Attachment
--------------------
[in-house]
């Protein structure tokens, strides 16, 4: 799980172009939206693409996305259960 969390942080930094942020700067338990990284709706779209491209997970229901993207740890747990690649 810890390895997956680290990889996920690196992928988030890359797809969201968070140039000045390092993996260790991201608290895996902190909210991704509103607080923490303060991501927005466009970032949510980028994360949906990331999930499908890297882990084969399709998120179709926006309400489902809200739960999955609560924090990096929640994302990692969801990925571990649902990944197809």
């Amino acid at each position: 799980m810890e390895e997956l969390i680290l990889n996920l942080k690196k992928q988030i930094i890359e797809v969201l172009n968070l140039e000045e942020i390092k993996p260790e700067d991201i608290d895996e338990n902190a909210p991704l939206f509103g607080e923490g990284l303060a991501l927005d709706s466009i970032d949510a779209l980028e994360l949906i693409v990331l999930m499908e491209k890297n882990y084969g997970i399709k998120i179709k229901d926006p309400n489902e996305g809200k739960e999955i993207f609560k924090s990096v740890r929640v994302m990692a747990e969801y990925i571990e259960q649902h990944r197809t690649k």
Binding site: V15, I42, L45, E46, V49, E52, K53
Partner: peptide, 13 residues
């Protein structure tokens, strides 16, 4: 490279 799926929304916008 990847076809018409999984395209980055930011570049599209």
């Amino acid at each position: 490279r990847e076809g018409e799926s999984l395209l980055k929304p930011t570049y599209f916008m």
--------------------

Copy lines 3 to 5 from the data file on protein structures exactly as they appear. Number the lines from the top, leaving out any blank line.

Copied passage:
């Amino acid at each position: 799980m810890e390895e997956l969390i680290l990889n996920l942080k690196k992928q988030i930094i890359e797809v969201l172009n968070l140039e000045e942020i390092k993996p260790e700067d991201i608290d895996e338990n902190a909210p991704l939206f509103g607080e923490g990284l303060a991501l927005d709706s466009i970032d949510a779209l980028e994360l949906i693409v990331l999930m499908e491209k890297n882990y084969g997970i399709k998120i179709k229901d926006p309400n489902e996305g809200k739960e999955i993207f609560k924090s990096v740890r929640v994302m990692a747990e969801y990925i571990e259960q649902h990944r197809t690649k």
Binding site: V15, I42, L45, E46, V49, E52, K53
Partner: peptide, 13 residues